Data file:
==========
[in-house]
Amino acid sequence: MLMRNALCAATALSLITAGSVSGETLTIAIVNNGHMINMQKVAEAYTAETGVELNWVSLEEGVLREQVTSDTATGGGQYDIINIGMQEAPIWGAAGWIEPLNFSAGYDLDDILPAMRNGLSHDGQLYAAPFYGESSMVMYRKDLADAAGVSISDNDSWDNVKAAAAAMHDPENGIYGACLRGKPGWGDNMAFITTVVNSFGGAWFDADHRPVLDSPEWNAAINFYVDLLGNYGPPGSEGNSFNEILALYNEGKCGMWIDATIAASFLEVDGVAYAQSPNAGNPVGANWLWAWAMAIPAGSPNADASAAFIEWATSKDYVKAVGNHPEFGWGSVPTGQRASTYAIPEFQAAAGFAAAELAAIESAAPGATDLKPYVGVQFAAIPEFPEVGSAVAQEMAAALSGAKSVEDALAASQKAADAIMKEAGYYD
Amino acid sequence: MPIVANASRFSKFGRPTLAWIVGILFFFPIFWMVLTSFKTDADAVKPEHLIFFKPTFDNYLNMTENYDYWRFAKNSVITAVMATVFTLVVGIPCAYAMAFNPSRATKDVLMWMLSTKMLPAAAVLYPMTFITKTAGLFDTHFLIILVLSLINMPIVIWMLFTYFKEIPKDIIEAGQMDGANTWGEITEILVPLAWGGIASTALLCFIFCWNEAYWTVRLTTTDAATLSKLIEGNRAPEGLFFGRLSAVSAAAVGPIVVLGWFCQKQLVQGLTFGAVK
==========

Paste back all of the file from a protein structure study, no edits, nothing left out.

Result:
[in-house]
Amino acid sequence: MLMRNALCAATALSLITAGSVSGETLTIAIVNNGHMINMQKVAEAYTAETGVELNWVSLEEGVLREQVTSDTATGGGQYDIINIGMQEAPIWGAAGWIEPLNFSAGYDLDDILPAMRNGLSHDGQLYAAPFYGESSMVMYRKDLADAAGVSISDNDSWDNVKAAAAAMHDPENGIYGACLRGKPGWGDNMAFITTVVNSFGGAWFDADHRPVLDSPEWNAAINFYVDLLGNYGPPGSEGNSFNEILALYNEGKCGMWIDATIAASFLEVDGVAYAQSPNAGNPVGANWLWAWAMAIPAGSPNADASAAFIEWATSKDYVKAVGNHPEFGWGSVPTGQRASTYAIPEFQAAAGFAAAELAAIESAAPGATDLKPYVGVQFAAIPEFPEVGSAVAQEMAAALSGAKSVEDALAASQKAADAIMKEAGYYD
Amino acid sequence: MPIVANASRFSKFGRPTLAWIVGILFFFPIFWMVLTSFKTDADAVKPEHLIFFKPTFDNYLNMTENYDYWRFAKNSVITAVMATVFTLVVGIPCAYAMAFNPSRATKDVLMWMLSTKMLPAAAVLYPMTFITKTAGLFDTHFLIILVLSLINMPIVIWMLFTYFKEIPKDIIEAGQMDGANTWGEITEILVPLAWGGIASTALLCFIFCWNEAYWTVRLTTTDAATLSKLIEGNRAPEGLFFGRLSAVSAAAVGPIVVLGWFCQKQLVQGLTFGAVK